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Model 1909 Argentine Mauser Infantry Rifle: What's Its Value?

Model 1909 Argentine Mauser infantry rifles are beautifully-made and shoot very well. This particular firearm is rated at 70 percenter and valued between $400 and $500.

Model 1909 Argentine Mauser Infantry Rifle: What's Its Value?

Question: Of interest to me is a German-made Mauser I purchased several years ago that was used by Argentine forces. It has great patina and appears to have been well maintained. It also has various markings and symbols on different areas of the rifle, which I tried to capture in photos. On top of the receiver is “Mauser Modelo Argentino 1909” and “Deutsche Waffen-Und, Munitions Fabriken. Berlin.” On top of the receiver is a symbol of two hands shaking with what appears to be a toboggan on a handle surrounded by a laurel wreath. The toboggan symbol also appears on the forward sling mount and on the front sight ramp. The rear elevation sight has what appears to be a ship’s anchor at the front of the ramp. Finally, on the right side of the stock is the Star of David in a circle with the letter “B” in the center. Included in the photos in various places are numbers, of which I’m not sure any are the actual serial numbers. When I purchased the rifle many years ago, it was, and still is, missing the buttstock metal plate, and the corner of the stock has been broken off and re-attached. If you could give me any insight on the history and value of this Mauser it would be greatly appreciated. Keep up the good work at G&A.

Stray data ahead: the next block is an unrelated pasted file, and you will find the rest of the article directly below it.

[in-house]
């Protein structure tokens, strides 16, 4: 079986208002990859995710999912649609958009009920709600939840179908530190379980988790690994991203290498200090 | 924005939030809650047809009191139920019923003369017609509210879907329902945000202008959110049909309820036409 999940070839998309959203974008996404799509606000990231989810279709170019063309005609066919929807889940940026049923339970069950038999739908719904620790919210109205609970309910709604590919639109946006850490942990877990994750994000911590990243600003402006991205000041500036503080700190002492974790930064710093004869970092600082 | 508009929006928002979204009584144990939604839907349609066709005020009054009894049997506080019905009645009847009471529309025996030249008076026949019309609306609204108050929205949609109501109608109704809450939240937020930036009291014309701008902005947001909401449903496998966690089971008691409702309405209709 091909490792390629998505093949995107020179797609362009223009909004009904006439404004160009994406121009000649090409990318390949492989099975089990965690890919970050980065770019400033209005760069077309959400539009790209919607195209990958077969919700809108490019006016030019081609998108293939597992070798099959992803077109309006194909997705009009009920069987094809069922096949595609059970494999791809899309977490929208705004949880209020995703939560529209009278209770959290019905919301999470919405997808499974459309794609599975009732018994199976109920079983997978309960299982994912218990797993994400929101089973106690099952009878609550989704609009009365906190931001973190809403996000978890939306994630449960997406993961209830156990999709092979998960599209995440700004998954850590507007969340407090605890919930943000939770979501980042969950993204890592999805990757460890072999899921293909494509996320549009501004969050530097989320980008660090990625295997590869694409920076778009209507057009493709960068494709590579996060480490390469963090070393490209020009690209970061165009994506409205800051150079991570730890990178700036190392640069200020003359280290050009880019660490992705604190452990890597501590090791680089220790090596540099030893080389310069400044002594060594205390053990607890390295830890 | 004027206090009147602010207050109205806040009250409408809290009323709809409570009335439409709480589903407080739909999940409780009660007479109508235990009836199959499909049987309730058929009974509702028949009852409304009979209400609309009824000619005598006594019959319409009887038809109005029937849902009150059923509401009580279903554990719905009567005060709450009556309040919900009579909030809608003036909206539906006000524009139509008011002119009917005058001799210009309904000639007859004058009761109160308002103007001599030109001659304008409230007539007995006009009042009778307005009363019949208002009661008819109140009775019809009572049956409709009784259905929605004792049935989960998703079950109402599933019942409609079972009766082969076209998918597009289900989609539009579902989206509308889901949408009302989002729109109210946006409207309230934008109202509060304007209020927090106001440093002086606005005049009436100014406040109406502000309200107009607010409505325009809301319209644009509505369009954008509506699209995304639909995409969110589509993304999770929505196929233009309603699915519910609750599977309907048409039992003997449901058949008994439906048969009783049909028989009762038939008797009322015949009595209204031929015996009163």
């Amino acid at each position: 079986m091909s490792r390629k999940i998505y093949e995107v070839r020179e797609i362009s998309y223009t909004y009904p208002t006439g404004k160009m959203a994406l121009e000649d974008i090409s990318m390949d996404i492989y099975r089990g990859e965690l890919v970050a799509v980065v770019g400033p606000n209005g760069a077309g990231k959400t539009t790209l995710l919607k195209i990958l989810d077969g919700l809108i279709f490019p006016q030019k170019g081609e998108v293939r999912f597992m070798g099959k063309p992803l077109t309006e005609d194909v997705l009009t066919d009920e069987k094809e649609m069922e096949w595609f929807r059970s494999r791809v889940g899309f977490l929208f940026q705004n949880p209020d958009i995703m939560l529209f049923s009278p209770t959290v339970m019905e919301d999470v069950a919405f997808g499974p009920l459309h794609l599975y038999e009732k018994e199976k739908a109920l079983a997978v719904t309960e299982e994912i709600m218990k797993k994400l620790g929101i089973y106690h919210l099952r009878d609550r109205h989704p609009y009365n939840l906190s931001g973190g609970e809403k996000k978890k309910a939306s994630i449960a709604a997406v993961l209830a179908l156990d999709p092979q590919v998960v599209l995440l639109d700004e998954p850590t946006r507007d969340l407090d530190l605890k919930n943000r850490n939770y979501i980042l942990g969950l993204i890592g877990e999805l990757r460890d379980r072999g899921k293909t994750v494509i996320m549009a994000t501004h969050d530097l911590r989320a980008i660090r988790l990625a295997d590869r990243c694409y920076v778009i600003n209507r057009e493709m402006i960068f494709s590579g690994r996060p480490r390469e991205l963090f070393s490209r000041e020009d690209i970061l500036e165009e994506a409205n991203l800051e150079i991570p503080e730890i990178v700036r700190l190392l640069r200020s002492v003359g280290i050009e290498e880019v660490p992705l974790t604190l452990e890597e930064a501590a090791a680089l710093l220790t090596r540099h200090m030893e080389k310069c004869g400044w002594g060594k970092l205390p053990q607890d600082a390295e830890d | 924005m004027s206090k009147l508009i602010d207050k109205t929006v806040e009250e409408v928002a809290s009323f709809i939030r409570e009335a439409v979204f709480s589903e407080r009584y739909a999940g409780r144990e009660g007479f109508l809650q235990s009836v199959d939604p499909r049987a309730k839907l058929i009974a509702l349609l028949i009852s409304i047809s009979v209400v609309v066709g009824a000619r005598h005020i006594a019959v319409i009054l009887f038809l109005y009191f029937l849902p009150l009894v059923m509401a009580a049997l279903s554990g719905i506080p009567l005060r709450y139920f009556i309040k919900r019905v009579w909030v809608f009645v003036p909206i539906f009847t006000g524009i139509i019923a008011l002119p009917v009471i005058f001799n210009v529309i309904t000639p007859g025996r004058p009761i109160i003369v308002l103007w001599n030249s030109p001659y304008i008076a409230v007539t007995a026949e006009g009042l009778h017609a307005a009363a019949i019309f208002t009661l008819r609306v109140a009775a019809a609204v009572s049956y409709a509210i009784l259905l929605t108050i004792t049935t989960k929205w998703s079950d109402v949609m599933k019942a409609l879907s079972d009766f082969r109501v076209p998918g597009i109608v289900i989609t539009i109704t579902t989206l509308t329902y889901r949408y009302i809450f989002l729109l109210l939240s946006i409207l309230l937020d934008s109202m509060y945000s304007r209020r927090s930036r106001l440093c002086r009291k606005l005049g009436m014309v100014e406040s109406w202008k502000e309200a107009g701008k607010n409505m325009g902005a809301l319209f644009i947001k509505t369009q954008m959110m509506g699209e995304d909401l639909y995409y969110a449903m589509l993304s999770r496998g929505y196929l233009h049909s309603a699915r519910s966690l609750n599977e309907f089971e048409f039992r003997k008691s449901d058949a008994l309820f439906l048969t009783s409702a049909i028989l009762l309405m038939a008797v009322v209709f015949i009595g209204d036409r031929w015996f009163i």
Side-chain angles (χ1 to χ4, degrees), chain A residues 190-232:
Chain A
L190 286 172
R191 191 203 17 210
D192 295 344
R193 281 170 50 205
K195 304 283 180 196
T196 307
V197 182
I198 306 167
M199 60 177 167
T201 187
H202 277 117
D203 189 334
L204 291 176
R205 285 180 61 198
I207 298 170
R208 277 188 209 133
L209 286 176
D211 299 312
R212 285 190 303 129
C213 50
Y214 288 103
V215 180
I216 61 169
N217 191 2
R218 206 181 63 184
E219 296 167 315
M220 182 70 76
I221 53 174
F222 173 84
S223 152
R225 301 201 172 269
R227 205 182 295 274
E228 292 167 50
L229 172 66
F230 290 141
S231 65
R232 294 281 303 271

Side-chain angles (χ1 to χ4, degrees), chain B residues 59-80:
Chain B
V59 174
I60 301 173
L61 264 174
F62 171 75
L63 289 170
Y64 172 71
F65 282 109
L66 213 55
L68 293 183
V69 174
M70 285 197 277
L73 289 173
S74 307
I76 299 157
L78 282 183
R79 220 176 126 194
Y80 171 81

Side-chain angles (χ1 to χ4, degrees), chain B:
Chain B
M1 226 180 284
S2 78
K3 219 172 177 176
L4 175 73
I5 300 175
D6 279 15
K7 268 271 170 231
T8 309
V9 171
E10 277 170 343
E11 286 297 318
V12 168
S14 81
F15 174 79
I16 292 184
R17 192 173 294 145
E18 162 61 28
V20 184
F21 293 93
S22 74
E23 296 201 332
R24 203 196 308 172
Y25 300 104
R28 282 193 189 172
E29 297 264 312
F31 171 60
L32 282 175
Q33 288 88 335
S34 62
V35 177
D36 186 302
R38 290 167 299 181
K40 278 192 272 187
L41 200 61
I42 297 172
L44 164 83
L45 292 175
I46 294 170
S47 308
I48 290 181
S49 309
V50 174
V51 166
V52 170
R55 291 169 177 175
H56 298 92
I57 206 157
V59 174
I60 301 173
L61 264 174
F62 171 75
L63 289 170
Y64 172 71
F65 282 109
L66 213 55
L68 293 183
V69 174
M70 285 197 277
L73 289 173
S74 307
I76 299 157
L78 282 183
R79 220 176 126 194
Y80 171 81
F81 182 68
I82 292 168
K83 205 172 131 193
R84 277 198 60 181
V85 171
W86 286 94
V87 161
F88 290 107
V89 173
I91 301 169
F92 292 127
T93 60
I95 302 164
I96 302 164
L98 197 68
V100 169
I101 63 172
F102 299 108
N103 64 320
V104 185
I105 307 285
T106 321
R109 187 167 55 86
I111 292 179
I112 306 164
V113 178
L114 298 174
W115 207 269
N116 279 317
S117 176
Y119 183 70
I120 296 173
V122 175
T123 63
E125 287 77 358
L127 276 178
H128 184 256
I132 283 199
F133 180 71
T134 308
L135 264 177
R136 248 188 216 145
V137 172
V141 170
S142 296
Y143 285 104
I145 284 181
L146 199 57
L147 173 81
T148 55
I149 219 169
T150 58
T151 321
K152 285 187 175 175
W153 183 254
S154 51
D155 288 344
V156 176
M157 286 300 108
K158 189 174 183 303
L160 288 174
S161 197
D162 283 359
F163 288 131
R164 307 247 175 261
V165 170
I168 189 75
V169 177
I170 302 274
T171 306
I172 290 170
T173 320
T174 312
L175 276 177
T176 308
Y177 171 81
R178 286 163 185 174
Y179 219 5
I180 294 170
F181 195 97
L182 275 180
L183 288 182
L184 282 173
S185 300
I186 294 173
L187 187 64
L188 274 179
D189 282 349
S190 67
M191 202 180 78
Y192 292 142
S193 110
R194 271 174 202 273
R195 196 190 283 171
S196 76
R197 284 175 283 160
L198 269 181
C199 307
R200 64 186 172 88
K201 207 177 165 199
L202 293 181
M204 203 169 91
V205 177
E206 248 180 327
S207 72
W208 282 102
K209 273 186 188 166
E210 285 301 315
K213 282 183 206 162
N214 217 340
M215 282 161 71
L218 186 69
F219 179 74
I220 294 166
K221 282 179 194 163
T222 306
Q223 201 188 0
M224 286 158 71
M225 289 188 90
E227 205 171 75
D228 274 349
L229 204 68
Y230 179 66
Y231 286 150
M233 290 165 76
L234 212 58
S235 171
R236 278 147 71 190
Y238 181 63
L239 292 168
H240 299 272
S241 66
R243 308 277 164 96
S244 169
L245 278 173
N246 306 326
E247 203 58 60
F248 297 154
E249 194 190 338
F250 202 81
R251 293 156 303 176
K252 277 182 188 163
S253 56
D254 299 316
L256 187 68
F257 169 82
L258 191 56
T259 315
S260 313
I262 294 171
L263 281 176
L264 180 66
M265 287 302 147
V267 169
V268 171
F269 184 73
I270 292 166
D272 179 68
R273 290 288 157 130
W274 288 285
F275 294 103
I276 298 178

-L.J. via Email


Answer: As the gun’s markings indicate, you have a Model 1909 Argentine Mauser. This one is an infantry rifle. There was also a shorter cavalry carbine. The crest on the receiver is that of Argentina. This arm, which was a variant of the Gew. 98 Mauser, was adopted by Argentina in 1909 and remained in service until a decade or so following the end of World War I. The manufacture of your piece was Deutsche Waffen und Munitionsfabriken (DWM) in Berlin. Some 285,000 were made. The caliber was 7.65x53mm, a round that first appeared in the Model 1889 Belgian Mauser. Early guns were built to take the German-type bayonet, but later ones were set up to mount the Model 1891 Argentine bayonet. These are beautifully-made rifles and they shoot very well. Your particular piece was imported by Century Arms International as indicated by the importer’s stamp on the barrel. The photos you sent suggest the condition of the piece is not too bad, I’d say 70 percent. As such, it’s worth in the $400 to $500 range, assuming it has a good bore and you can find a replacement buttplate. 

-Garry James


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